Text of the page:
Tag Archives: travel writer

Ebook news digest: travel writer or blogger, iPhone photography, European libraries, writing that second book

2017-06-20

News on ebooks, writing and photography

acer tablet with Bluetooth keyboard
3 Big Differences Between Travel Writing and Travel Blogging
Travel Blog Success

There are differences between travel writing and blogging, and in the long term, they are fundamental for a writer to understand. Yet, it is perfectly all right and possible to do both.

7 iPhone photography features you probably don’t know about
Picturecorrect

Useful features once you take the time and learn to use these iPhone camera functions. For instance, burst mode is a vital function for photographing fast moving subjects, and HDR mode can give good results in strong, bright light.

‘The future of their businesses is at stake’: European publishers are exploring alternatives to the duopoly
Digiday

European publishers whose revenue is increasingly depending on online advertising are not happy with Facebook and Google. Not only these companies borrow publishers’ content and make money with it, but they also take a large share of the online advertising revenue. Not anymore. Many big European publishers have switched to alternative ad networks.

5 Things All Writers Should Know When Writing a Second Novel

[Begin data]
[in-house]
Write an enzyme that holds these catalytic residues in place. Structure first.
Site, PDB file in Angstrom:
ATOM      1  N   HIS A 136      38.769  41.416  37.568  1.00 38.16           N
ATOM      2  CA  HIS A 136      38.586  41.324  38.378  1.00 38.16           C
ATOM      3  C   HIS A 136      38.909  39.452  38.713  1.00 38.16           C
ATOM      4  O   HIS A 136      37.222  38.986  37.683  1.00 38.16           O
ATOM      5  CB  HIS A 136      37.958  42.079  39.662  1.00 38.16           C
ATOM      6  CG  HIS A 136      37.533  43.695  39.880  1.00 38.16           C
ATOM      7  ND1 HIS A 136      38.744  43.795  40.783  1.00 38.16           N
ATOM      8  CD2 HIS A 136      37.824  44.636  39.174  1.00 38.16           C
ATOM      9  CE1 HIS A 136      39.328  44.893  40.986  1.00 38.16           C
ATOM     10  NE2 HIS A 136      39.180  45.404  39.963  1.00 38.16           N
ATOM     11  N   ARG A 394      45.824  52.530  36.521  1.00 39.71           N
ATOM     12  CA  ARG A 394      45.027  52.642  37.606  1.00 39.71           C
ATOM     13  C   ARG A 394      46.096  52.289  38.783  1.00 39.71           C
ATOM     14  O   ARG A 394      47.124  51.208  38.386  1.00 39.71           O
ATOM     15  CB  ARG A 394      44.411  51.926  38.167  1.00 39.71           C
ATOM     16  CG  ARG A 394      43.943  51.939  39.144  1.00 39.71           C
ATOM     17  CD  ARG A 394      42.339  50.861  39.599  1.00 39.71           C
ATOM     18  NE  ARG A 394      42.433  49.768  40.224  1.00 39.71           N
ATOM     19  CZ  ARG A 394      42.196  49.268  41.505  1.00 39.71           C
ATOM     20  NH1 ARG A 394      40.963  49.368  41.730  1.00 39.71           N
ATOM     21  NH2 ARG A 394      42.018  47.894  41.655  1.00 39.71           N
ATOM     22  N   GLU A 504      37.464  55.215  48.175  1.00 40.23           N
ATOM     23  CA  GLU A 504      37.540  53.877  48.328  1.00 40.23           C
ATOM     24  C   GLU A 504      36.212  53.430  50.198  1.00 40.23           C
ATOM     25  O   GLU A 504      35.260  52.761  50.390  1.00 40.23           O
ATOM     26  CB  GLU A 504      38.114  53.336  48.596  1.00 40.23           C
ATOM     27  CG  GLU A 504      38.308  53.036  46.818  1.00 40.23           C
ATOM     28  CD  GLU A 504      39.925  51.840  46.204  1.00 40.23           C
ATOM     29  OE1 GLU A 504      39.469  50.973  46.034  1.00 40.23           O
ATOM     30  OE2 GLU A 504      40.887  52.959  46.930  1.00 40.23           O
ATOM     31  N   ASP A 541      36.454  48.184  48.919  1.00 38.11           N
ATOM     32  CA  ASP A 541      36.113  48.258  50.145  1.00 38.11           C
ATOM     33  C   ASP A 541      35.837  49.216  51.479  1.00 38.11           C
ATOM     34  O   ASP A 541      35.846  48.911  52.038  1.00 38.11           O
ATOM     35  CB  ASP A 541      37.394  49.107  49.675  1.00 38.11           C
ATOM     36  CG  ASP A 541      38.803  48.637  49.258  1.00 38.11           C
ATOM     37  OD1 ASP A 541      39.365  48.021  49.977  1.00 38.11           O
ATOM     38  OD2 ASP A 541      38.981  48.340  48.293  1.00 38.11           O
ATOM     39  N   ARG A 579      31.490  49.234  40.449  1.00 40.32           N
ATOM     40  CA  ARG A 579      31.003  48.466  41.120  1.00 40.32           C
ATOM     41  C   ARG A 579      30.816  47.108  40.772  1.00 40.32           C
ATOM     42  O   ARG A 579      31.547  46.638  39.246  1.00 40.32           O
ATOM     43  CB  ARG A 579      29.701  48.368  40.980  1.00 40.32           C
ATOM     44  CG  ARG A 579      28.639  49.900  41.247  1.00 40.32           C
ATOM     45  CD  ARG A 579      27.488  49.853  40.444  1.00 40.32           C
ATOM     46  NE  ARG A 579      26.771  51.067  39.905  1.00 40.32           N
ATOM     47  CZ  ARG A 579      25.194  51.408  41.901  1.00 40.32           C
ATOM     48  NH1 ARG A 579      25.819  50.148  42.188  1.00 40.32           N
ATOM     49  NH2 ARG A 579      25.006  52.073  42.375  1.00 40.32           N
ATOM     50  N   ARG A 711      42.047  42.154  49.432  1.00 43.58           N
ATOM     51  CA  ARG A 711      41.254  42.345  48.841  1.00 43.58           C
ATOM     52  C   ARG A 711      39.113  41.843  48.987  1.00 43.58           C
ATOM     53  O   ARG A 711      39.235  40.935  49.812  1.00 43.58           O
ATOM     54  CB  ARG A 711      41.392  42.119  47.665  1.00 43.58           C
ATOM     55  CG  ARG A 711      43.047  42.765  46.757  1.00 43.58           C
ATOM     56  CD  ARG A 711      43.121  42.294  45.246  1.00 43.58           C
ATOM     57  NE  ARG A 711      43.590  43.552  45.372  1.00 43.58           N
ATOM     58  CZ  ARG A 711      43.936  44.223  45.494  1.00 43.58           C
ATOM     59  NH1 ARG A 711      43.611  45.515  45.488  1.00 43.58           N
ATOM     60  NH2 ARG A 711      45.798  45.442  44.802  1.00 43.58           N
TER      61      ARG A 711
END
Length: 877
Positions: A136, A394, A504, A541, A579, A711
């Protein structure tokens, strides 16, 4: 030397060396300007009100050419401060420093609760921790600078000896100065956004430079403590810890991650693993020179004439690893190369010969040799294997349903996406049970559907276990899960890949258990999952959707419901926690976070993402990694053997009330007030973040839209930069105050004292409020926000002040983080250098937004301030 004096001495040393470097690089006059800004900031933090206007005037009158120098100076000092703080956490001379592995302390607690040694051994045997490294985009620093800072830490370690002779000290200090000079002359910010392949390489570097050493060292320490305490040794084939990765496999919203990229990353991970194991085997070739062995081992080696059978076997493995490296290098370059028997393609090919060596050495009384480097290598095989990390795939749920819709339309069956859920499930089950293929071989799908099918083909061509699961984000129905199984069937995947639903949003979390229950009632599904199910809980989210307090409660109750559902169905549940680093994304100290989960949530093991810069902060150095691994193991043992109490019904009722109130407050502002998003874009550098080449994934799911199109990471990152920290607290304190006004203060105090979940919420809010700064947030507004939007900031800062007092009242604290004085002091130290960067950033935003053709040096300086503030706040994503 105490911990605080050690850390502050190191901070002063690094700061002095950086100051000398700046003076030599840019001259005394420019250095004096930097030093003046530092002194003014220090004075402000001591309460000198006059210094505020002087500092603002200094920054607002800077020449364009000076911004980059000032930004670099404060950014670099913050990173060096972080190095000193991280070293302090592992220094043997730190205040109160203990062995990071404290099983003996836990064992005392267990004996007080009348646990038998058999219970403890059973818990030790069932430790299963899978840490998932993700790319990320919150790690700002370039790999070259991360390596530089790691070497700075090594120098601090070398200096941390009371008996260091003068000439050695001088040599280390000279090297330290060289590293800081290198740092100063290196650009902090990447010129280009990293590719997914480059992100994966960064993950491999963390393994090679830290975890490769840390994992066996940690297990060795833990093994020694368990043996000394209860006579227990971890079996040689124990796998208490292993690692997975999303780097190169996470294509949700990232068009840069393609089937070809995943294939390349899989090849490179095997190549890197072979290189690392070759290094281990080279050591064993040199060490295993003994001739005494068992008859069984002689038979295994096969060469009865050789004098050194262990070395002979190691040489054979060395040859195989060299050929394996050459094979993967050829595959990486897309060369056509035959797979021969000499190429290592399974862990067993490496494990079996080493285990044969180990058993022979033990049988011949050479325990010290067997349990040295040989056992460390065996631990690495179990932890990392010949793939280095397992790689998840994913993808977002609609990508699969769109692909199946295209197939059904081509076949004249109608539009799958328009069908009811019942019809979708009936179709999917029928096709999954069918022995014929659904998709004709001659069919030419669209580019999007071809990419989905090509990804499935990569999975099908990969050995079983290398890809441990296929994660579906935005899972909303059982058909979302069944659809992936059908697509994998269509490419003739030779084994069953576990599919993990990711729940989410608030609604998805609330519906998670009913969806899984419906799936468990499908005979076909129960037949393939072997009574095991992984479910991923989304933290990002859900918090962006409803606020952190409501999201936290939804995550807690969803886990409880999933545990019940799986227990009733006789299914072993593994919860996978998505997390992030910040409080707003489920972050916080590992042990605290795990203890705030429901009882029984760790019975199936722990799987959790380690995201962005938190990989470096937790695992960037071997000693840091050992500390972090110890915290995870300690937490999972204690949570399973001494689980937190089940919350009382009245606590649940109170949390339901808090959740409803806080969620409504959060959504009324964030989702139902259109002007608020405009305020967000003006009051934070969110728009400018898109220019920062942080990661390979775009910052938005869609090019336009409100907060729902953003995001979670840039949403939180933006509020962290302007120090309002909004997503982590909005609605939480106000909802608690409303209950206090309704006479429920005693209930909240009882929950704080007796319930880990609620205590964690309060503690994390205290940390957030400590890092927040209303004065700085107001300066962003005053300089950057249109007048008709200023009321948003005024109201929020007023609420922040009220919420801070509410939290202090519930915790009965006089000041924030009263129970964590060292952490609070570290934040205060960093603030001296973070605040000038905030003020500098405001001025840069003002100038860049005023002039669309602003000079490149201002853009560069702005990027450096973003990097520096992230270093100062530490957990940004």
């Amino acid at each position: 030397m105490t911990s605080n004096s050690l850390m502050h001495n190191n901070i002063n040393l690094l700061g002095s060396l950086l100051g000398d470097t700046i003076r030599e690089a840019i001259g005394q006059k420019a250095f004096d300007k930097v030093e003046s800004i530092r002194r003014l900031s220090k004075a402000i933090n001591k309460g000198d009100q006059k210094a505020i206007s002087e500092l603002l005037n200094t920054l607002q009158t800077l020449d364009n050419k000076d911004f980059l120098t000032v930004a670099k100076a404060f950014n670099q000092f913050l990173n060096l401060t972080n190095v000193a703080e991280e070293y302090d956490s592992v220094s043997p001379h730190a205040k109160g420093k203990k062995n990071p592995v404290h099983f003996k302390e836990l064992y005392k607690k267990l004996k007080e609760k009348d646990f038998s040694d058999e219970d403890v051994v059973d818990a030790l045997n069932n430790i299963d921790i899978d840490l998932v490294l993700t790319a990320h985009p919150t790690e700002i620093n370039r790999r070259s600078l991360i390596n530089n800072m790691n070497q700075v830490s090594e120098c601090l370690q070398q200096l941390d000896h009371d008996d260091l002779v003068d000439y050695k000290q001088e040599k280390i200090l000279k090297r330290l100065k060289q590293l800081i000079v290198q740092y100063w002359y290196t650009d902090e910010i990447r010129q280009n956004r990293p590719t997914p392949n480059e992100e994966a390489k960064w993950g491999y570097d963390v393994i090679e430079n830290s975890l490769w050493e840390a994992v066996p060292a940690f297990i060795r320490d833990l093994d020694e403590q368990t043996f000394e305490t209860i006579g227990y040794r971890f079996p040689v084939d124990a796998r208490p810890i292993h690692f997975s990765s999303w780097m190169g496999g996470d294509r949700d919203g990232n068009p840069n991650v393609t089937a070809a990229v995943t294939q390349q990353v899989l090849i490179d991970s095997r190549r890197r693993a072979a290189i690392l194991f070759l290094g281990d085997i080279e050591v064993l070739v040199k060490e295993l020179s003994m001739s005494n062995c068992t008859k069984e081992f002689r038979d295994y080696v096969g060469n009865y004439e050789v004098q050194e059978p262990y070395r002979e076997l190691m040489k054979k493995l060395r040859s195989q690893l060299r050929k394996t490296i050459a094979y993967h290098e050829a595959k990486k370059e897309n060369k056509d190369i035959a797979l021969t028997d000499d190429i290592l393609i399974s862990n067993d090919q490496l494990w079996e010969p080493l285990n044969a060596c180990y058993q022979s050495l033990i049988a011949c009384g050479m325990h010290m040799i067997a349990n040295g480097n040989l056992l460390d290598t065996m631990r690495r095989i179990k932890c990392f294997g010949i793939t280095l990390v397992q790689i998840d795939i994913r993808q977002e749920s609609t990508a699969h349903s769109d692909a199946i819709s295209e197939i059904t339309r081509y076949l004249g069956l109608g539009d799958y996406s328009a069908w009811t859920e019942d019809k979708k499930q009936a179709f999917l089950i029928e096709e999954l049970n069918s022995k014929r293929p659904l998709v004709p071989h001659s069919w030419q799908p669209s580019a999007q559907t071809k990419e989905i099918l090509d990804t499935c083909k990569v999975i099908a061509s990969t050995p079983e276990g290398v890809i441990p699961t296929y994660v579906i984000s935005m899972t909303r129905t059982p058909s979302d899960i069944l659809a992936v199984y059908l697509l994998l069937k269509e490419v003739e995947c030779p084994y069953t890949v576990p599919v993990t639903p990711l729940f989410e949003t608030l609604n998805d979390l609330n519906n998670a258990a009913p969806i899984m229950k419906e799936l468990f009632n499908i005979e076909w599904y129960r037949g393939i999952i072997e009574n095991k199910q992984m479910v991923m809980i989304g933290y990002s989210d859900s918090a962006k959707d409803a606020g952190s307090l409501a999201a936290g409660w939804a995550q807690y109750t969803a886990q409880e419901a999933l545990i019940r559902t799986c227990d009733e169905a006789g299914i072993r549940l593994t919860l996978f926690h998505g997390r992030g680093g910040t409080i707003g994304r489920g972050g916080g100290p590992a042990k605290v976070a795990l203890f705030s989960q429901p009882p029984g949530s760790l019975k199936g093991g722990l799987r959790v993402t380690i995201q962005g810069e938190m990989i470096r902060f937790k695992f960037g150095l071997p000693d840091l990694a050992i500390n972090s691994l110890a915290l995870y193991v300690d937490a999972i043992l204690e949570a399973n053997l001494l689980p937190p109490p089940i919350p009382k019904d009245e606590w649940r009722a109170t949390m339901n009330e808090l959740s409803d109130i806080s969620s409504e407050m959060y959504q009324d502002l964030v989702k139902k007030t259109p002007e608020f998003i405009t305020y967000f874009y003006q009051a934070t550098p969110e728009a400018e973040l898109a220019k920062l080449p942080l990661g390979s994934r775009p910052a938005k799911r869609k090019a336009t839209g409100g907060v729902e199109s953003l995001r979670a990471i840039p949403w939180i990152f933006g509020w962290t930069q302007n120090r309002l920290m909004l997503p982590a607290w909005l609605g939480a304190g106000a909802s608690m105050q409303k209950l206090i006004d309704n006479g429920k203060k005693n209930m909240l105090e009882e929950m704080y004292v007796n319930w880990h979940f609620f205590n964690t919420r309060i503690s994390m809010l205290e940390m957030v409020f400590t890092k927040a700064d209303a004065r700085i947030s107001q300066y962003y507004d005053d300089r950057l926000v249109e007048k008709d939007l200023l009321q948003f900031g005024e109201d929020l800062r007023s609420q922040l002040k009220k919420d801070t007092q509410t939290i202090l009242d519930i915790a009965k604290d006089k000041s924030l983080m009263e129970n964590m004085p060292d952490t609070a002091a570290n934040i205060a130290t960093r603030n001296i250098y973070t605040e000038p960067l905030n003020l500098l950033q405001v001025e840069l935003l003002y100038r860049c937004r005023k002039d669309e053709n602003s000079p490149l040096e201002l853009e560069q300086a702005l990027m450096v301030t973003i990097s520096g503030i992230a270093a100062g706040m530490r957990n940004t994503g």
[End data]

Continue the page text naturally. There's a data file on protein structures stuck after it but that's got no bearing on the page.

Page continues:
Writer’s Digest

The article talks about fiction books, but it is valid for nonfiction writers as well. Many non-fiction authors have told me that the hardest part is to commit to a new project and start it, because after the first book everyone knows how much hard work it was.

Scandinavia guidebook – free download: travel tips and cultural insights into the Nordic countries
Klaava Travel Guide

Sweden’s West Coast is one of the hidden gems in Europe as far as travel destinations are considered. The large wilderness region of Lapland that covers the northern parts of Norway, Finland and Sweden is an outdoors lovers paradise. And city life in the north? It is covered as well.

Stunning Photographs of European Libraries
Fubiz

In European cities, libraries are often operating in magnificent old buildings. Some have originally been designed as public spaces, some have been converted into libraries, but in any case, these pictures are amazing.

The Ultimate Guide to Remote Work [Infographic]
Toggl, Mart Virkus

The pioneer of remote work IBM famously called its remote workers back to their cubicles, but the trend of remote work continues to strengthen.

Keine Einigung über E-Book-Steuer
Boersenblatt

EU has already agreed to adjust the VAT of ebooks so that member countries could tax digital books in a fair manner, but the news is that the first meeting that was supposed to start implementing the new regulation halted the whole process. Now, we wait.

This is a travel writer’s most important tool on the road

2017-06-13

When any professional, for instance, a digital nomad or a remote worker, who is working while traveling, packs for the next assignment or destination, there is always the question if something could be dropped from the travel kit. The number of electronic devices seems to be gradually growing in my travel bag, at least. Which tools are the essential ones to get the job done, if the assignment is to write on the road?
digital nomad working at a terrace near fruit farms of Murcia